this is a discussion within the Saints Community Forum; It's about time somebody actually started saying it and not trying to hide all the mistakes: Bad movie rerun just keeps playing Tuesday, September 14, 2004 John DeShazier Being on the job for 11 seasons hasn't hardened Saints tackle Wayne ...
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|09-14-2004, 02:50 PM||#1|
Join Date: May 2004
Location: North Georgia
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Looks like someone gets it.
It's about time somebody actually started saying it and not trying to hide all the mistakes:
Bad movie rerun just keeps playing
Tuesday, September 14, 2004
Being on the job for 11 seasons hasn't hardened Saints tackle Wayne Gandy to the point that the losses just roll off, which is a good thing.
You'd worry if he didn't care, or if anyone inside the Saints' locker room felt there was a way to explain away Sunday's season-opening loss to Seattle without wanting to hang his head in disgust.
"With me, it's becoming a little harder," Gandy said Monday afternoon, less than 24 hours after a 21-7 drubbing that seemed much more like a step back than a setback. "Because this is like the 17th minute of a bad movie.
"When we lose, we lose like we did (Sunday). We drop passes (five), have penalties (eight), turn the ball over (three times). When we win, we have two drops, one turnover . . .
"You kind of feel like, 'I saw this movie before.' (But) you take heart in knowing that, if we don't do that, we win."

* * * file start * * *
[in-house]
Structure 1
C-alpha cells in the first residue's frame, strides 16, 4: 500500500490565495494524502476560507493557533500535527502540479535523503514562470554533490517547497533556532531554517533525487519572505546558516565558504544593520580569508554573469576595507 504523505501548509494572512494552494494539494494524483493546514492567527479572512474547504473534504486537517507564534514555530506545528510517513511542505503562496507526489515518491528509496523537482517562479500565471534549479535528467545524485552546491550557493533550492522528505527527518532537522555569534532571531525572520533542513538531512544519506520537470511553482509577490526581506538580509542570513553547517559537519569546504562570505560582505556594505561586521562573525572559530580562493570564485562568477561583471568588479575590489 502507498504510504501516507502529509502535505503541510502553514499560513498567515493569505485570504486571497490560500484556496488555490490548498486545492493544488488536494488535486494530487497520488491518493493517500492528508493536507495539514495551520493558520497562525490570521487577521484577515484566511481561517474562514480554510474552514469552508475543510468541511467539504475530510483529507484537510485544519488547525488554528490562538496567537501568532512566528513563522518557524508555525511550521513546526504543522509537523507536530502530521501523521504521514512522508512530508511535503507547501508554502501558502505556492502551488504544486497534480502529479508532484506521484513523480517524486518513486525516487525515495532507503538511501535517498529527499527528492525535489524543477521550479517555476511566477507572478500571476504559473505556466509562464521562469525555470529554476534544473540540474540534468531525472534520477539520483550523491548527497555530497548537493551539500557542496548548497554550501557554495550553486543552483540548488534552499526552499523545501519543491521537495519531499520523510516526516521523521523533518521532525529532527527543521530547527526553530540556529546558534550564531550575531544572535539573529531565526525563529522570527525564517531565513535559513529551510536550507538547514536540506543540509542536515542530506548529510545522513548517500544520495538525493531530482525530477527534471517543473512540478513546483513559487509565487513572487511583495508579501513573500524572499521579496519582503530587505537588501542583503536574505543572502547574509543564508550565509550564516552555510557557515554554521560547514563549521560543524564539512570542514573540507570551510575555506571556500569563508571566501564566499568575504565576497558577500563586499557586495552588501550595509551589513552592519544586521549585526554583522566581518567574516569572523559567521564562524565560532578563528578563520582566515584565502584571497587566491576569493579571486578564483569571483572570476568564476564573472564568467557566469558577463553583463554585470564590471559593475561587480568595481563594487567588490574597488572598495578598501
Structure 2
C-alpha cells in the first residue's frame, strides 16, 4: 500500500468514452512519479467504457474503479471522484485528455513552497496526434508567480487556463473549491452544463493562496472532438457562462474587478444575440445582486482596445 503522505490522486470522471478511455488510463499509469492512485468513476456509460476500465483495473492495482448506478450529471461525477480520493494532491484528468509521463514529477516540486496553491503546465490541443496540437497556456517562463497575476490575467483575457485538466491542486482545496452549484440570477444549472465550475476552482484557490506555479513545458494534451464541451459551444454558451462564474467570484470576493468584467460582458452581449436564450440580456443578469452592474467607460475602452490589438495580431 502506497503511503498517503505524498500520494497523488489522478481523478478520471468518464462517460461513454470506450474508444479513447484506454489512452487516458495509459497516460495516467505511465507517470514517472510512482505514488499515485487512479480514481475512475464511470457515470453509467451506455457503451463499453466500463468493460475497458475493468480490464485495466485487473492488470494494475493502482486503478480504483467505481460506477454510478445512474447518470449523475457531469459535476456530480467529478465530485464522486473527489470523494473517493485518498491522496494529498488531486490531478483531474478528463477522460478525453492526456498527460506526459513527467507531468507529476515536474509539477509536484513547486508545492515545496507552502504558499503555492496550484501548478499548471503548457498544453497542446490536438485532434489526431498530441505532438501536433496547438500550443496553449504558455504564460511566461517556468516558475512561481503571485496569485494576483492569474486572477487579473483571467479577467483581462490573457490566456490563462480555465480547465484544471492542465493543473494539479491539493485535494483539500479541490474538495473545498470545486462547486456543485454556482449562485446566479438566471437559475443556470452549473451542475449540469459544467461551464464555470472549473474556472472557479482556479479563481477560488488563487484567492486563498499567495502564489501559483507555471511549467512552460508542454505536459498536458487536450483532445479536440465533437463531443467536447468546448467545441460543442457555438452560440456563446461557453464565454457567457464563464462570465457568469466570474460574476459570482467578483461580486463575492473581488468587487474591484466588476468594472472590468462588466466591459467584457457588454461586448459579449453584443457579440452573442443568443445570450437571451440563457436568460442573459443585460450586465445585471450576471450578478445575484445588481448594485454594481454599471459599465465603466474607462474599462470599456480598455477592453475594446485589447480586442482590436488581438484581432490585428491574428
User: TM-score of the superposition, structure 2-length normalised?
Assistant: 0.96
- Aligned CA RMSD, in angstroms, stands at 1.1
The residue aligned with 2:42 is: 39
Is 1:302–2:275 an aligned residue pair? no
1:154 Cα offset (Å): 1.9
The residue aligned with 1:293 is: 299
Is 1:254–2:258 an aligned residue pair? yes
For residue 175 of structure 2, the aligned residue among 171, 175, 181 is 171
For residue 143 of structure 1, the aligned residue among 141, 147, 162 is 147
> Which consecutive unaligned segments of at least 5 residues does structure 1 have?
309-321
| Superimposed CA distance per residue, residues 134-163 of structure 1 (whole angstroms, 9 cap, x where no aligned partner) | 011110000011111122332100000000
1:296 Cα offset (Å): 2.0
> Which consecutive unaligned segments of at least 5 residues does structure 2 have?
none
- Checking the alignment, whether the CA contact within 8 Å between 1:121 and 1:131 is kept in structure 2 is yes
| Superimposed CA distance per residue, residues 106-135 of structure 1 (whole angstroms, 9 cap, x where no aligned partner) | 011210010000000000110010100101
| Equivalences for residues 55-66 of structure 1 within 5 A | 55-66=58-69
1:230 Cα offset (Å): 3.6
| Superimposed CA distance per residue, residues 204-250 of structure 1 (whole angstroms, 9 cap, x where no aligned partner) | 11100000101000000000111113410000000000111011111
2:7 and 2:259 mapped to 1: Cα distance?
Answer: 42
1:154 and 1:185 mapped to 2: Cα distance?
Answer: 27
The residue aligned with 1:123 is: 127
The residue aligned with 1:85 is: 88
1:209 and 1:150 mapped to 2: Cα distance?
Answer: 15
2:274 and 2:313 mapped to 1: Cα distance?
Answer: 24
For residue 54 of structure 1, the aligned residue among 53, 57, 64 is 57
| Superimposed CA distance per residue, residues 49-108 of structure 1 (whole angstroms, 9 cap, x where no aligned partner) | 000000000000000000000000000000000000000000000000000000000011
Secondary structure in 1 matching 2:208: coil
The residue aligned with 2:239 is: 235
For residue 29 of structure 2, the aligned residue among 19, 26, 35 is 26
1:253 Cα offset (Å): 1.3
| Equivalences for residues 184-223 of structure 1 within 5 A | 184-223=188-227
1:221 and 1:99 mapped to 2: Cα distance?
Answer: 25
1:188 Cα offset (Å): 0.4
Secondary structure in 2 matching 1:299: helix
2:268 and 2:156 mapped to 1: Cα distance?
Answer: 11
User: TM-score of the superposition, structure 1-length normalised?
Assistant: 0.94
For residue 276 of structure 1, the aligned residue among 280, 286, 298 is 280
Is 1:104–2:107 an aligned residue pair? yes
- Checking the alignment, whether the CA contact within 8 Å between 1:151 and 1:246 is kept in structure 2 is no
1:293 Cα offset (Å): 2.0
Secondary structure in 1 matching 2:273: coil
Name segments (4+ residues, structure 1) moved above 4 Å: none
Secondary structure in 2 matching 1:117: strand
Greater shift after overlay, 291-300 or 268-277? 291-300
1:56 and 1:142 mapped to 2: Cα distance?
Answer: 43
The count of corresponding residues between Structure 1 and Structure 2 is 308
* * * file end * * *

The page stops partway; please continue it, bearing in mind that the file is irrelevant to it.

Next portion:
The team will have to take heart. Fans, on the other hand, too often have been left feeling as if theirs have been yanked out and stomped on.
After spending the offseason targeting the season opener and promising to improve, the Saints collapsed into a heap of inadequacy against the Seahawks. And, as peeved as Gandy was, he couldn't possibly relate to the level of disappointment experienced by the thousands of people who bought in to what the Saints were selling and, by the end of the game, felt they'd been sold a bill of goods.
The first one is in the books and nothing can be done about it, other than the Saints attempting to improve upon it. And improvement virtually is guaranteed, since the odds are against a team weekly (or weakly) dropping five passes and committing three turnovers and eight penalties.
The problem with the Saints is over the past 49 games, in which they've built a record of 24-25, the pattern has been for them to play a pristine game and follow it with a mess, play two good games and follow with two bad, play like Hummers in five of six games and follow like Metros in five of six. It's dangerous to make too much of an emotional investment in a team like that.
Now the franchise must re-sell the same product it has peddled since the end of last season, even though the seal has been broken, the product has been used and the consumers are more inclined to demand their money back than buy more of what they are looking at.
"This league now, there are 32 teams and everybody is basically even," Gandy said. "The good teams are good basically because they don't beat themselves. The best teams usually execute.
"It's about not jumping offsides, at home, when there's no reason to jump offsides."